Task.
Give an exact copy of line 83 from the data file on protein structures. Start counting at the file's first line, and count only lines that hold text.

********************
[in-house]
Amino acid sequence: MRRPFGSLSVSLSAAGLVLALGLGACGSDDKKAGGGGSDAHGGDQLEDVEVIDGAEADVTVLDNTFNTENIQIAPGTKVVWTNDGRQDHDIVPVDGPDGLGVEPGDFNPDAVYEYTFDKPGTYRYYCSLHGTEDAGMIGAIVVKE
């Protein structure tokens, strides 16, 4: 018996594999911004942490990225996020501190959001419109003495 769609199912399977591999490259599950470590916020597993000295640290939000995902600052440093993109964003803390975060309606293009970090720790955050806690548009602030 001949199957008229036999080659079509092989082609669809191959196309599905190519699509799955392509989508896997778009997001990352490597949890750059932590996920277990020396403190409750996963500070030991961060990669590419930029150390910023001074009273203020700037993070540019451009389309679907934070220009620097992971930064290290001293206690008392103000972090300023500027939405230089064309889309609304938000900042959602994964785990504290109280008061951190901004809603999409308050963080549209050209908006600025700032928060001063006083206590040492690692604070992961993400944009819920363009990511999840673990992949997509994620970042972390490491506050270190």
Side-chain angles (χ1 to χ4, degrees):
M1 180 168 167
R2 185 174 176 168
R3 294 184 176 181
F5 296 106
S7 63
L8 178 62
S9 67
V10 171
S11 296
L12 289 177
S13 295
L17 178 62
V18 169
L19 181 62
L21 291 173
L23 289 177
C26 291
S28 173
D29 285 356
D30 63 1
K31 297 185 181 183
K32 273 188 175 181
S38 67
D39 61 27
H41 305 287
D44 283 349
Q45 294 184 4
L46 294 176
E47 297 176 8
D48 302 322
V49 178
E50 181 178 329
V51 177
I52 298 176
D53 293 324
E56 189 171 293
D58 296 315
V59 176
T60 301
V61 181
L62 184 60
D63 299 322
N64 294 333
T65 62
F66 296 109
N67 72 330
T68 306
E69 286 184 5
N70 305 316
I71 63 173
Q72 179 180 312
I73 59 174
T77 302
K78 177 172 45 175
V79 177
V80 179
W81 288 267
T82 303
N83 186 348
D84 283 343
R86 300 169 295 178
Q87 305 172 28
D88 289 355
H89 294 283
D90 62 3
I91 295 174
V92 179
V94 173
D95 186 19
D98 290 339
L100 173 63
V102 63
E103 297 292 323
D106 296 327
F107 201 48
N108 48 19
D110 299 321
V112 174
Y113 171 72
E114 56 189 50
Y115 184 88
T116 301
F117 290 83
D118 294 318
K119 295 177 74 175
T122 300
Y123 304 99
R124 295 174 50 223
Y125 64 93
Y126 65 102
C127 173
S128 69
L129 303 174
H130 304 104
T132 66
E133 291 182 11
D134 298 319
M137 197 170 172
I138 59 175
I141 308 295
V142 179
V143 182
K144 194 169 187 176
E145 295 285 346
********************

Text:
Y113 171 72